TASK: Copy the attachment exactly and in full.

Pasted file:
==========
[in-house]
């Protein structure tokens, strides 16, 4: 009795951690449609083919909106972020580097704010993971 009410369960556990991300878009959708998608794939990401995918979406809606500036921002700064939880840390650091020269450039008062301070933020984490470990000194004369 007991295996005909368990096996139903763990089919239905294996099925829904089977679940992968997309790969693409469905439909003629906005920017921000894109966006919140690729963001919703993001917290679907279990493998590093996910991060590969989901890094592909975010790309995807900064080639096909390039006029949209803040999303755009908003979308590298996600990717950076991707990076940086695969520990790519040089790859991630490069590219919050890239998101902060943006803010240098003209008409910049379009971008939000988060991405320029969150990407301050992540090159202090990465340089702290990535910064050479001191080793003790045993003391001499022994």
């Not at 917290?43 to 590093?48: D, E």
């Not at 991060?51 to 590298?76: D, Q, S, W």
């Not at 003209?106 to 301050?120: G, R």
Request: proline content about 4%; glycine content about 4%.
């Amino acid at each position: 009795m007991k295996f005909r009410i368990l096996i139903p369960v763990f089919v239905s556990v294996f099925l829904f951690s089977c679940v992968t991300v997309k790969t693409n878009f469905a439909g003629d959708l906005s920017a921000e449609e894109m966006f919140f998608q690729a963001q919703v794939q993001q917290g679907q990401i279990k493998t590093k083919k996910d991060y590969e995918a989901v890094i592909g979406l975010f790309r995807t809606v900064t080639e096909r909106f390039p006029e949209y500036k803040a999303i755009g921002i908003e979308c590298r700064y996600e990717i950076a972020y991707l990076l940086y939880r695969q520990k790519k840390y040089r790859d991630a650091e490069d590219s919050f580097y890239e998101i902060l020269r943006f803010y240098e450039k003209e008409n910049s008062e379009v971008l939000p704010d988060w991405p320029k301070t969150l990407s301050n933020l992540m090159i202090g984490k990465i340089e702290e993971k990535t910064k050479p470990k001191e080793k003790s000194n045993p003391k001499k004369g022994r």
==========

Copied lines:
[in-house]
């Protein structure tokens, strides 16, 4: 009795951690449609083919909106972020580097704010993971 009410369960556990991300878009959708998608794939990401995918979406809606500036921002700064939880840390650091020269450039008062301070933020984490470990000194004369 007991295996005909368990096996139903763990089919239905294996099925829904089977679940992968997309790969693409469905439909003629906005920017921000894109966006919140690729963001919703993001917290679907279990493998590093996910991060590969989901890094592909975010790309995807900064080639096909390039006029949209803040999303755009908003979308590298996600990717950076991707990076940086695969520990790519040089790859991630490069590219919050890239998101902060943006803010240098003209008409910049379009971008939000988060991405320029969150990407301050992540090159202090990465340089702290990535910064050479001191080793003790045993003391001499022994």
């Not at 917290?43 to 590093?48: D, E």
């Not at 991060?51 to 590298?76: D, Q, S, W």
């Not at 003209?106 to 301050?120: G, R």
Request: proline content about 4%; glycine content about 4%.
């Amino acid at each position: 009795m007991k295996f005909r009410i368990l096996i139903p369960v763990f089919v239905s556990v294996f099925l829904f951690s089977c679940v992968t991300v997309k790969t693409n878009f469905a439909g003629d959708l906005s920017a921000e449609e894109m966006f919140f998608q690729a963001q919703v794939q993001q917290g679907q990401i279990k493998t590093k083919k996910d991060y590969e995918a989901v890094i592909g979406l975010f790309r995807t809606v900064t080639e096909r909106f390039p006029e949209y500036k803040a999303i755009g921002i908003e979308c590298r700064y996600e990717i950076a972020y991707l990076l940086y939880r695969q520990k790519k840390y040089r790859d991630a650091e490069d590219s919050f580097y890239e998101i902060l020269r943006f803010y240098e450039k003209e008409n910049s008062e379009v971008l939000p704010d988060w991405p320029k301070t969150l990407s301050n933020l992540m090159i202090g984490k990465i340089e702290e993971k990535t910064k050479p470990k001191e080793k003790s000194n045993p003391k001499k004369g022994r």